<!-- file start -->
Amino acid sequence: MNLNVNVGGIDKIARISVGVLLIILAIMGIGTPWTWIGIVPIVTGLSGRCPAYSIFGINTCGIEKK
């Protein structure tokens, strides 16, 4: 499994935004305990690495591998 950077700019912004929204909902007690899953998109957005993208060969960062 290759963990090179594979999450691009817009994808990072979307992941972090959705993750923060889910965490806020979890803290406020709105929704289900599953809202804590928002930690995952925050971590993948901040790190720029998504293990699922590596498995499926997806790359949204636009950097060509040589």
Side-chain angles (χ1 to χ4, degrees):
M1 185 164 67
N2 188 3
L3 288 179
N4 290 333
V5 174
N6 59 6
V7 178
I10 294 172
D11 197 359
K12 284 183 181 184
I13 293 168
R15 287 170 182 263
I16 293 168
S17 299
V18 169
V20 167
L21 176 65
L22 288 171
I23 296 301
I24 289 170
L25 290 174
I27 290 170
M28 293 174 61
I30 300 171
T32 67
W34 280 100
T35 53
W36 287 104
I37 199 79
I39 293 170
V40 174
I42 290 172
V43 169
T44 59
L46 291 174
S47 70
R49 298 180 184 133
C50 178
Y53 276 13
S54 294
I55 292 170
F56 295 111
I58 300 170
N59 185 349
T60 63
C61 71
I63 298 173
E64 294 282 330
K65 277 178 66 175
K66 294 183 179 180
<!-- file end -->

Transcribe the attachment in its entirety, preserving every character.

Amino acid sequence: MNLNVNVGGIDKIARISVGVLLIILAIMGIGTPWTWIGIVPIVTGLSGRCPAYSIFGINTCGIEKK
């Protein structure tokens, strides 16, 4: 499994935004305990690495591998 950077700019912004929204909902007690899953998109957005993208060969960062 290759963990090179594979999450691009817009994808990072979307992941972090959705993750923060889910965490806020979890803290406020709105929704289900599953809202804590928002930690995952925050971590993948901040790190720029998504293990699922590596498995499926997806790359949204636009950097060509040589």
Side-chain angles (χ1 to χ4, degrees):
M1 185 164 67
N2 188 3
L3 288 179
N4 290 333
V5 174
N6 59 6
V7 178
I10 294 172
D11 197 359
K12 284 183 181 184
I13 293 168
R15 287 170 182 263
I16 293 168
S17 299
V18 169
V20 167
L21 176 65
L22 288 171
I23 296 301
I24 289 170
L25 290 174
I27 290 170
M28 293 174 61
I30 300 171
T32 67
W34 280 100
T35 53
W36 287 104
I37 199 79
I39 293 170
V40 174
I42 290 172
V43 169
T44 59
L46 291 174
S47 70
R49 298 180 184 133
C50 178
Y53 276 13
S54 294
I55 292 170
F56 295 111
I58 300 170
N59 185 349
T60 63
C61 71
I63 298 173
E64 294 282 330
K65 277 178 66 175
K66 294 183 179 180